After the presentation that day I chatted with my presentation Boot Camp grad and I commended him on the moving presentation and powerful video techniques that left me spinning.

He had something to say. “Richard, I knew you would be here today and there was no way I was going to be named in one of your infamous presentation rants in your newsletters. I simply nodded.

Two days later I received the DVD of the presentation with all the presenters. The entire presentation was to be 20 minutes long as published on the printed schedule. I glanced at the DVD label and noticed that the runtime or length of the presentation was 20 minutes 17 seconds.

I sent my grad an e-mail thanking him for the DVD and being the perpetual coach I added a final line to my message. Previously I had assured him I wouldn’t mention him in the rant section of my newsletters… I wrote, ‘…your presentation made me very proud… by the way the presentation went 17 seconds long… not a presentation rant… but you will make my newsletter…’

Not to be out done… three days later I received a brand new stopwatch that would make even an Olympic coach giddy.  There was also a handwritten note, ‘for all the times, you helped me from going over time…just in the nick of time…tick…tick…tick

I was moved.

Now it’s your turn to make your move.  Rid yourself of false presentation barriers rate now.  Take your presentation skills up a notch before it’s too late. Powerful presenters are recognized as movers and shakers in their environments. Weak presenters are often looked upon as a lightweights and are frequently passed over for plum promotions or hot projects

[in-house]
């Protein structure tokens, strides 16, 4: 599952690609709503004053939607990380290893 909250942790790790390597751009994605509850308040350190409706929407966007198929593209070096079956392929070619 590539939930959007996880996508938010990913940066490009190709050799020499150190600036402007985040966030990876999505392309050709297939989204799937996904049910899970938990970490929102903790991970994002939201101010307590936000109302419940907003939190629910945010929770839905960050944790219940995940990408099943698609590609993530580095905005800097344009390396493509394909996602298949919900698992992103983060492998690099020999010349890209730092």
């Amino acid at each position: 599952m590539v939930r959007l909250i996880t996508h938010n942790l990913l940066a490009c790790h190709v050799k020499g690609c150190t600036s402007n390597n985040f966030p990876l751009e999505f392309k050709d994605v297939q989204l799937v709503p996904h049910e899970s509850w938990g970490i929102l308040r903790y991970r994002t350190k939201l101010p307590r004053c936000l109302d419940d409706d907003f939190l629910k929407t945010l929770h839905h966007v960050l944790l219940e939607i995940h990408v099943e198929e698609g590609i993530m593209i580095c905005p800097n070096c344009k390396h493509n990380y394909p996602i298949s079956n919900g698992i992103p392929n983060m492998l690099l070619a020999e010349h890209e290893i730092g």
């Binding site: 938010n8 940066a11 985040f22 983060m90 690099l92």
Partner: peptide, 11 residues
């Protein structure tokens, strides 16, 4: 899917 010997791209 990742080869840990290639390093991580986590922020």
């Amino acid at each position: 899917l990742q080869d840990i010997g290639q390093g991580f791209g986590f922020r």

P.P.S – be sure to visit my presentation portal to the latest updates on new articles by going here: http://www.passociates.com/presentation-tips/

Final thoughts:

Keep your presentations moving. This expression I often hear in business meetings or business presentations. Good advice for any presenter. Are your presentations moving? A guideline to consider is to change the pace of your presentation at least every seven minutes depending on the length of the presentation. A change of pace can be introducing a new topic with an offbeat visual or the introduction of physical prop. Look for the opportunity of change in the visual mediums you are using. If you’re using PowerPoint it doesn’t necessarily mean your presentation starts immediately by showing slide on the screen. Slides can be introduced strategically minutes into your presentation. Slides can be interrupted by going to dark screen, and delivering portions or part of your presentation by using colorful and illustrative language.

Now it’s time for me to get moving… till next time.

Great Presentations!      

 Richard Peterson, CSP – North America’s Presentation Coach™